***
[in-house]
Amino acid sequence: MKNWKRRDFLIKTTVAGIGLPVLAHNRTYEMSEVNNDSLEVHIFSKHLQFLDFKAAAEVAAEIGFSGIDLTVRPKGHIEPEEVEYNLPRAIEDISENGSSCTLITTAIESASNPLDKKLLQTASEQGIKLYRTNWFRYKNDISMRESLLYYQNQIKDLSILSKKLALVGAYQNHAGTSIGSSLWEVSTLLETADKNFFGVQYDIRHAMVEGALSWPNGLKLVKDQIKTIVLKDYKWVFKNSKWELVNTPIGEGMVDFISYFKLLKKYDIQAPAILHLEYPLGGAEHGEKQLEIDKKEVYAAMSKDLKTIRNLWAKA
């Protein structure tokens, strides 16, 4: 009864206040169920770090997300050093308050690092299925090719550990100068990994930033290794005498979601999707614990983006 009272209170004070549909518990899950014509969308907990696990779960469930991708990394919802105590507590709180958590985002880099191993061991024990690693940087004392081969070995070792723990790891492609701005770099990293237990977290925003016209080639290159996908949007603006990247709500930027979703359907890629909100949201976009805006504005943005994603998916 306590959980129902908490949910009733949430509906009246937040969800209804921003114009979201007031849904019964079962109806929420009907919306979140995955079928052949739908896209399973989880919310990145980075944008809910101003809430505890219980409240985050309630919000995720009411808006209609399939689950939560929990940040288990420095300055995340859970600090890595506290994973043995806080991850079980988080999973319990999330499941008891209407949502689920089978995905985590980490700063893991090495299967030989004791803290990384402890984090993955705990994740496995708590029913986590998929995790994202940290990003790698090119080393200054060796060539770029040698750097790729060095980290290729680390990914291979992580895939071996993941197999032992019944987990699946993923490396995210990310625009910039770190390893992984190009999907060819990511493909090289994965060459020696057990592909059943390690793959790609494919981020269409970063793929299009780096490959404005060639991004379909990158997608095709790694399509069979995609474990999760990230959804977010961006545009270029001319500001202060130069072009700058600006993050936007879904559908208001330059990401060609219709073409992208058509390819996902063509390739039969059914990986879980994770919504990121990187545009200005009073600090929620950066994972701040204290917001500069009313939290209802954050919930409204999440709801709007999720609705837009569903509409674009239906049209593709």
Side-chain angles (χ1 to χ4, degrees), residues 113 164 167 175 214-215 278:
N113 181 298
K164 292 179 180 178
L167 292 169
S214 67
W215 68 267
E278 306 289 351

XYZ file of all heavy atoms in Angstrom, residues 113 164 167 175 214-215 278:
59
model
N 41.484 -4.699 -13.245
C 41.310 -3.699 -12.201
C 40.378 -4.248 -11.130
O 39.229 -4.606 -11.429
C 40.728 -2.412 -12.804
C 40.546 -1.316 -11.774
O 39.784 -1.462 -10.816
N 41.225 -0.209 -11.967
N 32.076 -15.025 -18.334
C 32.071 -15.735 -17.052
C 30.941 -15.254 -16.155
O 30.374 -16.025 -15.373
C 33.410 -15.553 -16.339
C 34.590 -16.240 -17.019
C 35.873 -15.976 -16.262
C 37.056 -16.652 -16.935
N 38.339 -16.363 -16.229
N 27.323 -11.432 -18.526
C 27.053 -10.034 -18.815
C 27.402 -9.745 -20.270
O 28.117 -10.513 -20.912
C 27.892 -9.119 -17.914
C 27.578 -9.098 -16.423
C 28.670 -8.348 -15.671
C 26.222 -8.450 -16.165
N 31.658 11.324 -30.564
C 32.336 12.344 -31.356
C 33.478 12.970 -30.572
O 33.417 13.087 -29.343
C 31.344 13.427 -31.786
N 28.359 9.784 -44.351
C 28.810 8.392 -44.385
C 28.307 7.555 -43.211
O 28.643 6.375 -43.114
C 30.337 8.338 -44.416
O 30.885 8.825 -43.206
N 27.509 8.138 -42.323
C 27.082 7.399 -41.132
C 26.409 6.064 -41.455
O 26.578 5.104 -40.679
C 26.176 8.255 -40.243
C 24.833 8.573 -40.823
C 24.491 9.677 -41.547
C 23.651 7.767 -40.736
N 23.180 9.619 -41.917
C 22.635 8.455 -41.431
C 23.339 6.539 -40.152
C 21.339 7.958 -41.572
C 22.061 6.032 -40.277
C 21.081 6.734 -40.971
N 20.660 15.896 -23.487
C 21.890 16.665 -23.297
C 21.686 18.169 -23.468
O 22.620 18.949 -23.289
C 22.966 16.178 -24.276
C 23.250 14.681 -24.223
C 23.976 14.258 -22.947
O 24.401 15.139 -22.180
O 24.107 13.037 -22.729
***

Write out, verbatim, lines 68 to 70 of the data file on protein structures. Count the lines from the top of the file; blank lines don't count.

C 22.966 16.178 -24.276
C 23.250 14.681 -24.223
C 23.976 14.258 -22.947